At present, I'm working on a project I'm calling Speaking to the State, which analyzes who testified at Congressional hearings between roughly 1877 and the present—i.e., who engaged in this most accessible form of lobbying. Of course, as a labor historian, I'm particularly interested in the patterns of lobbying/testimony by employer groups versus labor organizations, though the larger project also aims to analyze the representation of women's groups before and after suffrage and witnesses at hearings about the environment around 1970. I've presented versions of this at different fora: the American Historical Association meeting in 2017, the North American Labor History Conference 2018, and Current Research in Digital History in 2019 – as well as DH2019 this summer. The latter two required papers; links below.

I've also done some other computationally oriented work, some of which is ongoing. A while back I wrote a paper (presented at LaTeCH 2016 and published in the ACL anthology) experimenting with using sentence structure analysis (subjects and objects) as a kind of a proxy for seeing who is accorded "agency" in research articles about labor (thanks, JSTOR Data for Research!) More recently, working with people at the University of Turku who have found a reasonably efficient way of detecting reprints (see their paper), I've been trying to uncover employer-produced or employer-distributed stories in the Chronicling America newspaper collection. Increasingly, though, I'm thinking not just in terms of "planted" stories (aka fake news) but more broadly in terms of a "news diet" – what kind of a world did the small-town newspapers that were the staple of most ordinary Americans' news consumption serve up? In particular, of course, I'm interested in what they reported (and did not report) about labor unions. I haven't gotten around to writing up all this properly yet, but here's a conference paper I presented at the LAWCHA 2019 conference.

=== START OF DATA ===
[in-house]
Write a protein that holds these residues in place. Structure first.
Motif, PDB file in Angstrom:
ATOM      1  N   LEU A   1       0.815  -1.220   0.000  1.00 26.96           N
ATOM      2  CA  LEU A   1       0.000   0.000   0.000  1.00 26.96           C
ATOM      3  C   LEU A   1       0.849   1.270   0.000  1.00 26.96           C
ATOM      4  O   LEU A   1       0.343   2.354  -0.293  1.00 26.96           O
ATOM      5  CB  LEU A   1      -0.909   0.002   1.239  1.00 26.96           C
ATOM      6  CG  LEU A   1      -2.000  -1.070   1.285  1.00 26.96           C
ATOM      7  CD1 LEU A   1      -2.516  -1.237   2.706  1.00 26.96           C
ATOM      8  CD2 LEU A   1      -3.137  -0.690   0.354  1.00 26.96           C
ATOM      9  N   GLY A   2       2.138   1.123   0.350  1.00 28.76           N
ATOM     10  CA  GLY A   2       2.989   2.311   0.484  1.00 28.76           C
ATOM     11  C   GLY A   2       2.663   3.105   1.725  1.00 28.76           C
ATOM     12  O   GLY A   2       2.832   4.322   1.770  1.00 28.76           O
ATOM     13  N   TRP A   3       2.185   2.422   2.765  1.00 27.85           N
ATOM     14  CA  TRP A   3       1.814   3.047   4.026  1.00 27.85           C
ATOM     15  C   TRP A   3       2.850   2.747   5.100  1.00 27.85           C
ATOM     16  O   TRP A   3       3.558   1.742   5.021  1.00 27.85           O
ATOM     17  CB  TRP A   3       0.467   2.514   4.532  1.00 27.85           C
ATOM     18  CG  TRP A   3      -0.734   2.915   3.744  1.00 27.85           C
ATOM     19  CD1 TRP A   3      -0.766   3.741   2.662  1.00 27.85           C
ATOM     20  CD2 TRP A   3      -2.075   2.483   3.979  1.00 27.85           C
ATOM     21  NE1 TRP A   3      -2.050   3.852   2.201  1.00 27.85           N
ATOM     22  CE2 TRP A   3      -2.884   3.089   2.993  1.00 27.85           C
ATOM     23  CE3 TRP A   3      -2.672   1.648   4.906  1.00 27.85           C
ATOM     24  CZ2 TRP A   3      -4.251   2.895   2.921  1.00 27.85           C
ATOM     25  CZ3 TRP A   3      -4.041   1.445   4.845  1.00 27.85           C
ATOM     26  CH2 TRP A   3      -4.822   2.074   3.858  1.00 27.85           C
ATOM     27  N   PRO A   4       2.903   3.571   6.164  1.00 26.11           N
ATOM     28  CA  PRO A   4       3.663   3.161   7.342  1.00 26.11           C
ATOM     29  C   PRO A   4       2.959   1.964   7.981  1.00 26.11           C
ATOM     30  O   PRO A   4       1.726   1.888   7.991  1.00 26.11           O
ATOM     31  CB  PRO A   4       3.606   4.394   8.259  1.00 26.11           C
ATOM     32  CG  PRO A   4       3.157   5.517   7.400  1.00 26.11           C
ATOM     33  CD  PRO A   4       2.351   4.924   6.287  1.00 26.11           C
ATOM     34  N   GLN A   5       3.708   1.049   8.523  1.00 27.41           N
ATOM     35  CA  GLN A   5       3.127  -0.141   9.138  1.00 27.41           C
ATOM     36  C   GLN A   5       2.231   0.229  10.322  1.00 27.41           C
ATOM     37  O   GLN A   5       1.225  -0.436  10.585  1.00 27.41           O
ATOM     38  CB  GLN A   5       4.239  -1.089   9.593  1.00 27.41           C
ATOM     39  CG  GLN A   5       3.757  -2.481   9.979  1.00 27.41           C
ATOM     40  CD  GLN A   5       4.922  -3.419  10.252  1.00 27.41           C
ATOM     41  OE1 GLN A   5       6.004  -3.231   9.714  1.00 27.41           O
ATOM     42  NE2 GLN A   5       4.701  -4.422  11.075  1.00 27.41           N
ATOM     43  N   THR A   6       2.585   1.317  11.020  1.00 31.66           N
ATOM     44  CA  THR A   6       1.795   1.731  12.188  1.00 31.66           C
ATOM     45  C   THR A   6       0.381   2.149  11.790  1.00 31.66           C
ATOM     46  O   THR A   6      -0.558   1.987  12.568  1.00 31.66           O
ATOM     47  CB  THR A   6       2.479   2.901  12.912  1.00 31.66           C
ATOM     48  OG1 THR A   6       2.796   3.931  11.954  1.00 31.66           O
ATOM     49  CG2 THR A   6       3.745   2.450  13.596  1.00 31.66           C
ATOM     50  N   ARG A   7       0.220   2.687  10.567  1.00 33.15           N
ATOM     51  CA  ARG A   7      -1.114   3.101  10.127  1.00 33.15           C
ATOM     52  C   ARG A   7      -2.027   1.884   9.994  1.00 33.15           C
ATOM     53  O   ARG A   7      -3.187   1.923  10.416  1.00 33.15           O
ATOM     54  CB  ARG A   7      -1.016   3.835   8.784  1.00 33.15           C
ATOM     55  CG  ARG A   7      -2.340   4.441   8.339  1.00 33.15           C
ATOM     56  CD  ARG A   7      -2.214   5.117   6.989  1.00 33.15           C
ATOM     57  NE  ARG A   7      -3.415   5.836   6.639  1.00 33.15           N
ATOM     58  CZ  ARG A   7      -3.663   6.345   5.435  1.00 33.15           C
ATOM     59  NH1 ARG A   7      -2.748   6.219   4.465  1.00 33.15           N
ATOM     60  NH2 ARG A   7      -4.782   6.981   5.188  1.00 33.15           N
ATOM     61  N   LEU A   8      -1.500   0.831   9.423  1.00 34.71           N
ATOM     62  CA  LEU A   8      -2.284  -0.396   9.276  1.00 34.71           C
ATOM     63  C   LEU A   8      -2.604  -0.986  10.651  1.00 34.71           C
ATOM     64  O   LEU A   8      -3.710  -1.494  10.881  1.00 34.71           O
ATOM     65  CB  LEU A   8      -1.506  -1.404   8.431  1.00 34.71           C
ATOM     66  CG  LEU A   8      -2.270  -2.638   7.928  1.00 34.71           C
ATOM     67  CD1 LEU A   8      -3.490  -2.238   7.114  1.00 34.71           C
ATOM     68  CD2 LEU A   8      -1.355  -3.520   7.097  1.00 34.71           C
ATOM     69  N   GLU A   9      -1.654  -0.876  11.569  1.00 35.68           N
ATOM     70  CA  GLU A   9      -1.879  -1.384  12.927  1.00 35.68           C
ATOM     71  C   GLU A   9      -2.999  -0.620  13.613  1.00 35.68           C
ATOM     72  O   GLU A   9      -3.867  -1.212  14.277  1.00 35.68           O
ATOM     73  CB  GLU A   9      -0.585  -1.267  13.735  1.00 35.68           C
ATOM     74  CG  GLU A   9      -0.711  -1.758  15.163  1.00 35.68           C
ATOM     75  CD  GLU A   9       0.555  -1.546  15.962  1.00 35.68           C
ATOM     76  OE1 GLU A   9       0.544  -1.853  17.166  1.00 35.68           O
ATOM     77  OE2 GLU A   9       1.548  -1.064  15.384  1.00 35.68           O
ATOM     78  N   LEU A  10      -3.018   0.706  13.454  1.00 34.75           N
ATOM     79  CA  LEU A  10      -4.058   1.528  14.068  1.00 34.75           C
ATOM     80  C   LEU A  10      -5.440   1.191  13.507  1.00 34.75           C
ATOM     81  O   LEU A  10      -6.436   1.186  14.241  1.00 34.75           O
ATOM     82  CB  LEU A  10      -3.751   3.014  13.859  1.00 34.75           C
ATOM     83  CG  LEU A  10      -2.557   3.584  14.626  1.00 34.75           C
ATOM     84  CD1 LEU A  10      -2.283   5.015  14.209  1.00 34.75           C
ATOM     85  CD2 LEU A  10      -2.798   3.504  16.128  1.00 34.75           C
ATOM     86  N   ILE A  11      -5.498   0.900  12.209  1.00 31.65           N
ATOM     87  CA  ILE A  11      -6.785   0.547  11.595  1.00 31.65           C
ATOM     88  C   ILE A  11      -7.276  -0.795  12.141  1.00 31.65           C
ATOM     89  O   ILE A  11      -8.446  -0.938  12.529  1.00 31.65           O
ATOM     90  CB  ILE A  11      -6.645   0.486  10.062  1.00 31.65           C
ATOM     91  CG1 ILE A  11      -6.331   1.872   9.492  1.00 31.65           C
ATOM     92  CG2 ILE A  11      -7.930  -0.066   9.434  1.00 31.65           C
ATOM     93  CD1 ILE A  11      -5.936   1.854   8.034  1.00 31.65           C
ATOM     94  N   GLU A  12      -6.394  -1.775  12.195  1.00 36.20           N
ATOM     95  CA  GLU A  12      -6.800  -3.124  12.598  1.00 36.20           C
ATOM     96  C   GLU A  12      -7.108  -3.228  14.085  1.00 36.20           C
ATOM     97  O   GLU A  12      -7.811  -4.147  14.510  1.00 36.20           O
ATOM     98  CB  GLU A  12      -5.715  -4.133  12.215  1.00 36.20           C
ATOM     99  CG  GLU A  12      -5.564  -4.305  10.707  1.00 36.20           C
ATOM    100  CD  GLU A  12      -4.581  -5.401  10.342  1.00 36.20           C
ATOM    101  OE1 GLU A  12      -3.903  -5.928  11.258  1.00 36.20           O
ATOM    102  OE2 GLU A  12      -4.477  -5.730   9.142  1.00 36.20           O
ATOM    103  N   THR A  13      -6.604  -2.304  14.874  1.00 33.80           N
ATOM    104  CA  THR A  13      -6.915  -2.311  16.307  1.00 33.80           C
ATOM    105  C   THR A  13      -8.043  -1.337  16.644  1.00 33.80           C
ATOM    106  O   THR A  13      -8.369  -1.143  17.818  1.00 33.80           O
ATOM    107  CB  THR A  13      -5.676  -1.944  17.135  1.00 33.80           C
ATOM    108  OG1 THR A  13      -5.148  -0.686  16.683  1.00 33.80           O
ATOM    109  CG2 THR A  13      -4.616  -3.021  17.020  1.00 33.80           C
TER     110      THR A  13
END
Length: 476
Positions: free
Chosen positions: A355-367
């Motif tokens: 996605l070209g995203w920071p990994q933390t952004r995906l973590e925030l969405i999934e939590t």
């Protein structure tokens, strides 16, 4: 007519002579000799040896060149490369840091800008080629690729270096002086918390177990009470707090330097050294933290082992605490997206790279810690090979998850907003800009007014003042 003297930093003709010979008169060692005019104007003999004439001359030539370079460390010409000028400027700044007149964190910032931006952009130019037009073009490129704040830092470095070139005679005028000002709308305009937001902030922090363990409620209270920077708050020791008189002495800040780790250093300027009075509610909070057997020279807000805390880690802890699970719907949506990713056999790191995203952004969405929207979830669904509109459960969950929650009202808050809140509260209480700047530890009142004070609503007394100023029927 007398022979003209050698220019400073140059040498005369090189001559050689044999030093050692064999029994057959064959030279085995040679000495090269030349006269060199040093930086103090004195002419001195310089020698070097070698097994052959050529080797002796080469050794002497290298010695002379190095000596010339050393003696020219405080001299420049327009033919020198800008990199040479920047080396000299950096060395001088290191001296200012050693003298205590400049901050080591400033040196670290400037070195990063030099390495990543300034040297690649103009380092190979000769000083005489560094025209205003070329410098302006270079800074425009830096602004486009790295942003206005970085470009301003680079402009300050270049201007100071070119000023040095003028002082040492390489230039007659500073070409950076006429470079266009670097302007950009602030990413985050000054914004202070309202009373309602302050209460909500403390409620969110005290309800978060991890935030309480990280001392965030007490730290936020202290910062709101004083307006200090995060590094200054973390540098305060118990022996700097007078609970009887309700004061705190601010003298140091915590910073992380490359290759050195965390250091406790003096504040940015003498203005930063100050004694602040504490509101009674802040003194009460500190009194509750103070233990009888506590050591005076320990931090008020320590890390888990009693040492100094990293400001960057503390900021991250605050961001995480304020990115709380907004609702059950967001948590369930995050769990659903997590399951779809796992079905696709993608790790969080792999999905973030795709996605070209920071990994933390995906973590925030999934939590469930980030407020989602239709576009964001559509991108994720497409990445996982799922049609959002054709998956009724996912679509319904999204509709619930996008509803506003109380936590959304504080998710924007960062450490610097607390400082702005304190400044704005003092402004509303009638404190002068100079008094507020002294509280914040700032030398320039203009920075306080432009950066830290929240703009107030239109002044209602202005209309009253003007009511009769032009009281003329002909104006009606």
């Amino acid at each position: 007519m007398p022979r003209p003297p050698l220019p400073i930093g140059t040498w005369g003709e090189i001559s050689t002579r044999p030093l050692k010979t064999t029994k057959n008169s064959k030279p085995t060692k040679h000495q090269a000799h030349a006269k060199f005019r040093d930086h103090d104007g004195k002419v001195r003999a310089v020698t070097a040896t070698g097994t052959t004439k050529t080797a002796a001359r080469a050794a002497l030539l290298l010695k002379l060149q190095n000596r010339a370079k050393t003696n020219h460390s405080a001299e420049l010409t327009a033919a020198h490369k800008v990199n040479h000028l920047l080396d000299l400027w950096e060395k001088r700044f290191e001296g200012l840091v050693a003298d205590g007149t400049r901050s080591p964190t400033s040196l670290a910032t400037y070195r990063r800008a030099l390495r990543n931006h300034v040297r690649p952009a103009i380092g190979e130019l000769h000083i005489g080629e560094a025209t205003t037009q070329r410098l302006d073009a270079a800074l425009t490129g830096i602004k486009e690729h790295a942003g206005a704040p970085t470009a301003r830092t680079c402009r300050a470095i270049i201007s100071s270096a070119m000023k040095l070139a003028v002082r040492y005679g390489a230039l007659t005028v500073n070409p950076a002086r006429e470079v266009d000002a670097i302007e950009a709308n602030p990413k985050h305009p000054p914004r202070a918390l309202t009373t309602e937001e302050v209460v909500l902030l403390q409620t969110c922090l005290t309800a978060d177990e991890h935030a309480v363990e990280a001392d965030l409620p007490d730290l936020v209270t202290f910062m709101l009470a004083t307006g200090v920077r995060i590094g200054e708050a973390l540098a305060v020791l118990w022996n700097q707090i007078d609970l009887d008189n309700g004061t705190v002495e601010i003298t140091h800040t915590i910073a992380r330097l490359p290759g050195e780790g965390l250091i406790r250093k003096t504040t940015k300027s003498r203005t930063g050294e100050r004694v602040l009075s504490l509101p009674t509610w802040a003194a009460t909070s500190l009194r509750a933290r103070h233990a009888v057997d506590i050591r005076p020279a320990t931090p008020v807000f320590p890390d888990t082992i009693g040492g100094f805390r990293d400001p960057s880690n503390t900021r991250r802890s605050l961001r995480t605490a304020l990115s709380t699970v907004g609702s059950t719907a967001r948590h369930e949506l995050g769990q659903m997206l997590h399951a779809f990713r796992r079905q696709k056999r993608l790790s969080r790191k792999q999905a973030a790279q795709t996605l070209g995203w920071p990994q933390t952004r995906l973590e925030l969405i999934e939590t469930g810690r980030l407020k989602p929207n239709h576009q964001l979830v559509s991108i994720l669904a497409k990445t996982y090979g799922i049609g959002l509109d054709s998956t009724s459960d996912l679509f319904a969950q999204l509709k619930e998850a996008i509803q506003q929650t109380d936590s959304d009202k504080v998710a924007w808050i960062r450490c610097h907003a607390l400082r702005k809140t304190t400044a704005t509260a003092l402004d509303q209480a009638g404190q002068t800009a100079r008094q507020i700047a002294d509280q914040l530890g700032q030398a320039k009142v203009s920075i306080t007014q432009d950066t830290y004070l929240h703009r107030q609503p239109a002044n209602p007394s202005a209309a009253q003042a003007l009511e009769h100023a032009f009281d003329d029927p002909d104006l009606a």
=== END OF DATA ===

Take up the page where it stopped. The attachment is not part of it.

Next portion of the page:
My first book, provisionally entitled Government by the Bosses: Employer Opposition to Union Power Before the New Deal is under advance contract with the University of Illinois Press and will hopefully be out soon. It examines how it came to be that labor unions are routinely accused of being bad for workers; it does so by focusing on employer, reformer, and union views of the closed or union shop in the period from roughly 1880 to 1930. As such, it argues for deep continuities in American debates about labor relations that stretch across the New Deal divide. It also argues that debates over who was to govern at the workplace have crucially shaped American ideas about governance, democratic participation, and the relationship between individual rights and collective action.